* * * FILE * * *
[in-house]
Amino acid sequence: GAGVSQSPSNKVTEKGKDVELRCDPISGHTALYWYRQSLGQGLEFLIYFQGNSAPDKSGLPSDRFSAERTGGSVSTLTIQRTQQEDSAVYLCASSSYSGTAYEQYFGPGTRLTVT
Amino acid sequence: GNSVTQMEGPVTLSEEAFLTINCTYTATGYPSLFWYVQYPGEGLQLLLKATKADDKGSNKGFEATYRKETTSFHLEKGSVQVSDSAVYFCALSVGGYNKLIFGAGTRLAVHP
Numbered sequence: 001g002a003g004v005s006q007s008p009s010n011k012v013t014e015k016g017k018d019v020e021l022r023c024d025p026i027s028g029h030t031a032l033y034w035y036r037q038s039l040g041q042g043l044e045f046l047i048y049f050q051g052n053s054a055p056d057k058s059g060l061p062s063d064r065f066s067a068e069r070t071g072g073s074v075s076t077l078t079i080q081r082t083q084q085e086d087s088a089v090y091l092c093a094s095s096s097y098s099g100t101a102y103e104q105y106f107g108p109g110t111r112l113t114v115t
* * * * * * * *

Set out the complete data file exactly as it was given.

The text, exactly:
[in-house]
Amino acid sequence: GAGVSQSPSNKVTEKGKDVELRCDPISGHTALYWYRQSLGQGLEFLIYFQGNSAPDKSGLPSDRFSAERTGGSVSTLTIQRTQQEDSAVYLCASSSYSGTAYEQYFGPGTRLTVT
Amino acid sequence: GNSVTQMEGPVTLSEEAFLTINCTYTATGYPSLFWYVQYPGEGLQLLLKATKADDKGSNKGFEATYRKETTSFHLEKGSVQVSDSAVYFCALSVGGYNKLIFGAGTRLAVHP
Numbered sequence: 001g002a003g004v005s006q007s008p009s010n011k012v013t014e015k016g017k018d019v020e021l022r023c024d025p026i027s028g029h030t031a032l033y034w035y036r037q038s039l040g041q042g043l044e045f046l047i048y049f050q051g052n053s054a055p056d057k058s059g060l061p062s063d064r065f066s067a068e069r070t071g072g073s074v075s076t077l078t079i080q081r082t083q084q085e086d087s088a089v090y091l092c093a094s095s096s097y098s099g100t101a102y103e104q105y106f107g108p109g110t111r112l113t114v115t